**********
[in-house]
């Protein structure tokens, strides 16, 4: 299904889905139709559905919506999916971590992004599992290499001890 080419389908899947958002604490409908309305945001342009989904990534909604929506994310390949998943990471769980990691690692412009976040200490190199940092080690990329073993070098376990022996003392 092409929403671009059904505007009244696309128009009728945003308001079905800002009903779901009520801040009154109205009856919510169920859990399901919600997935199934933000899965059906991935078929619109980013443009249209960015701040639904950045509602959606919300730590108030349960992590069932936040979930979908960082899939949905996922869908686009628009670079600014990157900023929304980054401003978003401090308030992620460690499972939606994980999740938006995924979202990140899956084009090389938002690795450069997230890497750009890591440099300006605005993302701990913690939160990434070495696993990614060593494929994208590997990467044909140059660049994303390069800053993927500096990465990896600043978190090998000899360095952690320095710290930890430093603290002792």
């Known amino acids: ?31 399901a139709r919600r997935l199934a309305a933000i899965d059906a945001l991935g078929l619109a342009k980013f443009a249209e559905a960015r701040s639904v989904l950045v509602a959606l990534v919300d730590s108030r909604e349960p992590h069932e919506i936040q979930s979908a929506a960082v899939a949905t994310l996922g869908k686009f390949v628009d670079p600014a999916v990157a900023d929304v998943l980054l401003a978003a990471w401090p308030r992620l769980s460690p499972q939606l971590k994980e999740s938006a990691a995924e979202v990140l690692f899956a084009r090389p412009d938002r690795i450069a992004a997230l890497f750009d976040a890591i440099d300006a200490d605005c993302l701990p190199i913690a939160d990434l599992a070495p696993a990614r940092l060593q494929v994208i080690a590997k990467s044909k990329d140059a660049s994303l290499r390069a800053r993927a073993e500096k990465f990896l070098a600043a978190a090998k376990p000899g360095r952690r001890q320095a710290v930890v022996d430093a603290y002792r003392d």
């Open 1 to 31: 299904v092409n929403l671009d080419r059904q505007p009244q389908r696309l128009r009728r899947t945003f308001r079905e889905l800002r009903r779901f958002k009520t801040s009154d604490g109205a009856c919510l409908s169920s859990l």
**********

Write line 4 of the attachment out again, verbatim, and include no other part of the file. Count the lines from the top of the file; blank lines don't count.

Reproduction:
């Open 1 to 31: 299904v092409n929403l671009d080419r059904q505007p009244q389908r696309l128009r009728r899947t945003f308001r079905e889905l800002r009903r779901f958002k009520t801040s009154d604490g109205a009856c919510l409908s169920s859990l």